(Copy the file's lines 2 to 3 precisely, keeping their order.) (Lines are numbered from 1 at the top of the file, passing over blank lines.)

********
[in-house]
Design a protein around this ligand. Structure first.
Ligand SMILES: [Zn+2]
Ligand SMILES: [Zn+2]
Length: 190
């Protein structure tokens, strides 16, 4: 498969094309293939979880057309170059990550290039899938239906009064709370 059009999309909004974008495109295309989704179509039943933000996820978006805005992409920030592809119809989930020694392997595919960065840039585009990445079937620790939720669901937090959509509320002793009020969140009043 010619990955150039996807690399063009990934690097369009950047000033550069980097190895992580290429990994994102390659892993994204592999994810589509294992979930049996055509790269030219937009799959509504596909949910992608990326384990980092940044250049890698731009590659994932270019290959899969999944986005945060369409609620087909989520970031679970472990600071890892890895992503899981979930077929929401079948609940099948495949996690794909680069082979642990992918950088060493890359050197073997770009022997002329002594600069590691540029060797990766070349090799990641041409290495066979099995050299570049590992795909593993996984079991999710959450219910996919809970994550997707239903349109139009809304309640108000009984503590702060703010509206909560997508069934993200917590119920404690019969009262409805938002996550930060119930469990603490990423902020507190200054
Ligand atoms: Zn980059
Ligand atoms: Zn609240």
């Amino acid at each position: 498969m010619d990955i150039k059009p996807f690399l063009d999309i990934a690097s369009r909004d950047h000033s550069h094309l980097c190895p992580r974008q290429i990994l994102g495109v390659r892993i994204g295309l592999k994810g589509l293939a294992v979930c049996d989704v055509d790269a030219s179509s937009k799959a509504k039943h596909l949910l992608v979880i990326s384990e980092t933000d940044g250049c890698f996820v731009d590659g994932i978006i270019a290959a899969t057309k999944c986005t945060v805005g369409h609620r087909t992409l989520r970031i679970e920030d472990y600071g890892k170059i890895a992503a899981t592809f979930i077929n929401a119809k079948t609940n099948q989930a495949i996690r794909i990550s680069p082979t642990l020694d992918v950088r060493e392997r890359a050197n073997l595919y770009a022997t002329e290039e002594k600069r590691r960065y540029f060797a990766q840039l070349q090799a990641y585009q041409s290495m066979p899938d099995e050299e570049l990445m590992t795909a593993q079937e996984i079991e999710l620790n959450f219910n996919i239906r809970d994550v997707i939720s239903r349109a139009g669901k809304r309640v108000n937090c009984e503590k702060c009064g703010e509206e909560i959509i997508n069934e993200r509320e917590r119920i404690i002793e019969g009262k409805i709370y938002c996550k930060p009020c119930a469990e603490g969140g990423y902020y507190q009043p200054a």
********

Design a protein around this ligand. Structure first.
Ligand SMILES: [Zn+2]